Sanitation Worker Lockouts As Disastrous as NFL Referee Lockouts, Workers Say
(Miami/Chicago) – On Sunday, Nov. 11, Teamster members protested Republic Services/Allied Waste at two NFL games in Miami and Chicago. The Teamsters protested Republic’s attempts to strip workers of their pensions in many locations, and the company’s tactics of intimidation across the country.
The workers distributed handbills at Sun Life Stadium and Soldier Field that read, “Republic Wants Miami to Lose Good Jobs” and “Republic Wants Chicago to Lose Good Jobs,” respectively. An airplane banner flew over Sun Life stadium that read “Republic Wants Miami To Lose.” Republic Services does waste collection at Sun Life and Soldier Field stadiums.
In May, Republic/Allied Waste locked out 80 members of Teamsters Local 215 in Evansville, Ind. for six weeks when the workers refused to accept the destruction of their pension. Out-of-state replacement drivers damaged people’s homes, vehicles and even power lines during the lockout.
“We see this happening all over the country. Republic holds the community hostage by threatening a public health and safety crisis to try to get workers to accept substandard conditions,” said Robert Morales, Director of the Teamsters Solid Waste, Recycling and Related Industries Division. “This is the fourth most dangerous job in the country. These workers literally put their lives on the line every day to protect the public health and they deserve dignity and respect.”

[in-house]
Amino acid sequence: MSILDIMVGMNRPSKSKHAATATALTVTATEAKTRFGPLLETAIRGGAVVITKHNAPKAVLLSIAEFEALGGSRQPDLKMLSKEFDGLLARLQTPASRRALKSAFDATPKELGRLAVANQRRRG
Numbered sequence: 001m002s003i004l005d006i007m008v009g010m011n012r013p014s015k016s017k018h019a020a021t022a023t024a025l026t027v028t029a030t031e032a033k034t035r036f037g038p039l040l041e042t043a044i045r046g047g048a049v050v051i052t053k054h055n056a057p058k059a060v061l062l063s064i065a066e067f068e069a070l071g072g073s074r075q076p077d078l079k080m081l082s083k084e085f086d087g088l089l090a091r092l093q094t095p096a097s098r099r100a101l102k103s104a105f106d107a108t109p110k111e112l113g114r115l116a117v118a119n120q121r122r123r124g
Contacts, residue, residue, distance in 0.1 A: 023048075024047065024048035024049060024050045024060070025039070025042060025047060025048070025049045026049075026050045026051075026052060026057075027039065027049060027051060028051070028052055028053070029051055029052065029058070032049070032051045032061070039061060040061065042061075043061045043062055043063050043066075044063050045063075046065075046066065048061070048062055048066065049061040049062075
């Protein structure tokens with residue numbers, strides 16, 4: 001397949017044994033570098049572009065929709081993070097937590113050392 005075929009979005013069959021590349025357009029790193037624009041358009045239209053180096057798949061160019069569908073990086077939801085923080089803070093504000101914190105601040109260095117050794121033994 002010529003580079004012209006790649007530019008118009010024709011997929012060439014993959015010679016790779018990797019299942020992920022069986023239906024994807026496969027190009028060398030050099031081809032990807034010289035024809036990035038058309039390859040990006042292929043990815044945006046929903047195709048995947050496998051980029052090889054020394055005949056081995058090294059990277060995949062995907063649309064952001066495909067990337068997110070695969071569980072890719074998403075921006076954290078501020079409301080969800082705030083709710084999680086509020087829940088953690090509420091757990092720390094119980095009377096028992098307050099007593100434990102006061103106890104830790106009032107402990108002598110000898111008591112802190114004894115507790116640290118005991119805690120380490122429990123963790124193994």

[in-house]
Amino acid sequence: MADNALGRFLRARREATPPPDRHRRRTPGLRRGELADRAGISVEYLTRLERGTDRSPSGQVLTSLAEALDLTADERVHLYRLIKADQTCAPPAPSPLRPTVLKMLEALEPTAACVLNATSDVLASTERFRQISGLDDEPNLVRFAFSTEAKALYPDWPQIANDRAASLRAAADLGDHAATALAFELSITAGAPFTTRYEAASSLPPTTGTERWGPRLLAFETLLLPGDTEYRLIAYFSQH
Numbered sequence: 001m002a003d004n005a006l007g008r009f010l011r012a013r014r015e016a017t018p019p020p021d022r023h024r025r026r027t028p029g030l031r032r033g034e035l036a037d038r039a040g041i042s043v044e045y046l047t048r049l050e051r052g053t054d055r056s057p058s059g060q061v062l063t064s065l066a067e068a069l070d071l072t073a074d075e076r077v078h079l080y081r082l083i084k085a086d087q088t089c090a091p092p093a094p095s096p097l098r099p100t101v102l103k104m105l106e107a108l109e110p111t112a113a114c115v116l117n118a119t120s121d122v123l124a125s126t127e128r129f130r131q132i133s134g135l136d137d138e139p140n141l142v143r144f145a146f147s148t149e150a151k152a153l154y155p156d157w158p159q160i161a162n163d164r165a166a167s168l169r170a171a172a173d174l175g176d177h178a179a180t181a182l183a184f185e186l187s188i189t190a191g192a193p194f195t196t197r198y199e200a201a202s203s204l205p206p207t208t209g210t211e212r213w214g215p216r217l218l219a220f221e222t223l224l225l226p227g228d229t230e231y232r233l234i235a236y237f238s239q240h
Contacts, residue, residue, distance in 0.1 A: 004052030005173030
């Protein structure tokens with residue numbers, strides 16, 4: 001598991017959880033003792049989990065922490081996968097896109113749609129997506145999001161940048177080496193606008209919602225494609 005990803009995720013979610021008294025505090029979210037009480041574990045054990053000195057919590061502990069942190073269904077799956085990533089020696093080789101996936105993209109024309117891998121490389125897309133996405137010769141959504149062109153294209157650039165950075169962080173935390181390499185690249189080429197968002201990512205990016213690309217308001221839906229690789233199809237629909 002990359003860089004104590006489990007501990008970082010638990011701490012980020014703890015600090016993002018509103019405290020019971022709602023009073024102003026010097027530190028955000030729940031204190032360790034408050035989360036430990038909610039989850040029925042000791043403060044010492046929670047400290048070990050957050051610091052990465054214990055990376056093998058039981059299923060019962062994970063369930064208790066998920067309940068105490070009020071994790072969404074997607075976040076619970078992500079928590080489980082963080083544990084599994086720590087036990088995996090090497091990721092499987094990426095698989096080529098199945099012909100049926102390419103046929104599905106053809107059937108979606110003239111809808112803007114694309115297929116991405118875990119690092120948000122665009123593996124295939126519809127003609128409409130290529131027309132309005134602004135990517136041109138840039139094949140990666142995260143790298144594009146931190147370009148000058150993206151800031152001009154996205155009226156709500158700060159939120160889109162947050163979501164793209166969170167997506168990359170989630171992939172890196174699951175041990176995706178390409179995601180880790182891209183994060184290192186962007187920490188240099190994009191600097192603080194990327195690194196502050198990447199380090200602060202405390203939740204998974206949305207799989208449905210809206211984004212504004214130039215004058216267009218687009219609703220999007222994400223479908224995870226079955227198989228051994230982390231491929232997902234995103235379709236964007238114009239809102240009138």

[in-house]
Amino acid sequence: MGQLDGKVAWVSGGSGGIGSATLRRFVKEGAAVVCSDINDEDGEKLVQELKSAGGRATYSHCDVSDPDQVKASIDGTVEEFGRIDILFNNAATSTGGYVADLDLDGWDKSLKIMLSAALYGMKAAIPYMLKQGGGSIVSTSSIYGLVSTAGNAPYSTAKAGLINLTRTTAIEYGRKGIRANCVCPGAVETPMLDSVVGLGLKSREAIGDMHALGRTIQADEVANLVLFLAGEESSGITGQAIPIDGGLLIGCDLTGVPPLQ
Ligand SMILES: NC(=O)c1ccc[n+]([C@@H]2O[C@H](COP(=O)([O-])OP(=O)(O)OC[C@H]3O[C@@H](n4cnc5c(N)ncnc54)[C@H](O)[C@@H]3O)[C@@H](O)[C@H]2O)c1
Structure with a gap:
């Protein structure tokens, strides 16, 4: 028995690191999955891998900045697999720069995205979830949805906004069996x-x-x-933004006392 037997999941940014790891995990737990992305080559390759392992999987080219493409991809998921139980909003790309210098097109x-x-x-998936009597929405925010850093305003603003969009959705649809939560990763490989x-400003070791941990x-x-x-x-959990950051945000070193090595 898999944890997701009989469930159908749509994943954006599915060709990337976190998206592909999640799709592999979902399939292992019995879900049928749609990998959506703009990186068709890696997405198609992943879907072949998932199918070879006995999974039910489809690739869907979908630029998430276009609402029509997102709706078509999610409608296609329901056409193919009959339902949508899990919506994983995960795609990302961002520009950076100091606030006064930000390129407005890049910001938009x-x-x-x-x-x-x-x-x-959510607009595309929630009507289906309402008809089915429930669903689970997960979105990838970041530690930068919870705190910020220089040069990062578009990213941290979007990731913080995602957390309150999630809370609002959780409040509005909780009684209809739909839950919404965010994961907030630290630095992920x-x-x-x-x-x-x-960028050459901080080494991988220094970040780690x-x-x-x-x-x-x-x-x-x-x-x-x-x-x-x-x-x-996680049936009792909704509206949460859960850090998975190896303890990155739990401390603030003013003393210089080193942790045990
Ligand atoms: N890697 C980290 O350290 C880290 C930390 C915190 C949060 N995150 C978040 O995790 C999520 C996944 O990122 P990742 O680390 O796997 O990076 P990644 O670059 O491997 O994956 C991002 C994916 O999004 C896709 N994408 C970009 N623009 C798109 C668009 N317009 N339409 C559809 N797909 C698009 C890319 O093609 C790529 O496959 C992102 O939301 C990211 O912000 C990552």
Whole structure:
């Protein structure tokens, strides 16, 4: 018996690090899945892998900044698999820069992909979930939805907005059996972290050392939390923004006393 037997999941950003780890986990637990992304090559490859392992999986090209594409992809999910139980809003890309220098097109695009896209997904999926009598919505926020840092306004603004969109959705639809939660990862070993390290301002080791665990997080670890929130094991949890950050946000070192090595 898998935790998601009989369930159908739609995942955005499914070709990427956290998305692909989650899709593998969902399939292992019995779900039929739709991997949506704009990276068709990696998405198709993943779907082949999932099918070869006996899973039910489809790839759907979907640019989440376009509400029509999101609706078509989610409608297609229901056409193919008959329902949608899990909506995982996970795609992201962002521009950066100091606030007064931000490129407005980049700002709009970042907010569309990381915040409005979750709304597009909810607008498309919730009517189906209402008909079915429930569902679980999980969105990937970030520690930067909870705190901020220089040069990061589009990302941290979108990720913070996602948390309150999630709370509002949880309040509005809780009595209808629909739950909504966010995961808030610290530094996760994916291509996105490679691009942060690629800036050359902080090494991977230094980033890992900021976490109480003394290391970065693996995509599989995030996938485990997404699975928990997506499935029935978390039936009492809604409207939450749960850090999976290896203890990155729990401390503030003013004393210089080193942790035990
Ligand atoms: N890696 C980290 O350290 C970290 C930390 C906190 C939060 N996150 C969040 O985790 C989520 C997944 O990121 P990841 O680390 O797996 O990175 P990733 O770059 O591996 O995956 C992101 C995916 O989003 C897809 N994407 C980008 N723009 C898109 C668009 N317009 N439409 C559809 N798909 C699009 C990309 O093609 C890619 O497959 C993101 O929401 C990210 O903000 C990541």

This type of behavior isn’t new for Republic. In March, the company walked away from a ratified contract with Teamsters Local 991 in Mobile, Ala. Local 991 members were forced to strike to protest the company’s illegal behavior and finally secure a contract.
Morales continued, “Just as the NFL lockout of referees and use of replacement referees was a disaster for the NFL, it’s a disaster for the community when Republic locks out sanitation workers and uses replacement drivers.”
Republic/Allied Waste’s total revenues were more than $8.2 billion in 2011. It earned $149.2 million in 2nd quarter net profits in 2012, up from $46.5 million in the same period of 2011, an increase of over 220 percent. This resulted in a 7 percent quarterly dividend for shareholders such as Bill Gates. As the largest owner of the company, Gates owns approximately $2.15 billion worth of stock, or about 24 percent of the total worth of the company. In May, the same month it locked out workers in Evansville, the company approved a death and disability benefit for its CEO valued at over $23 million.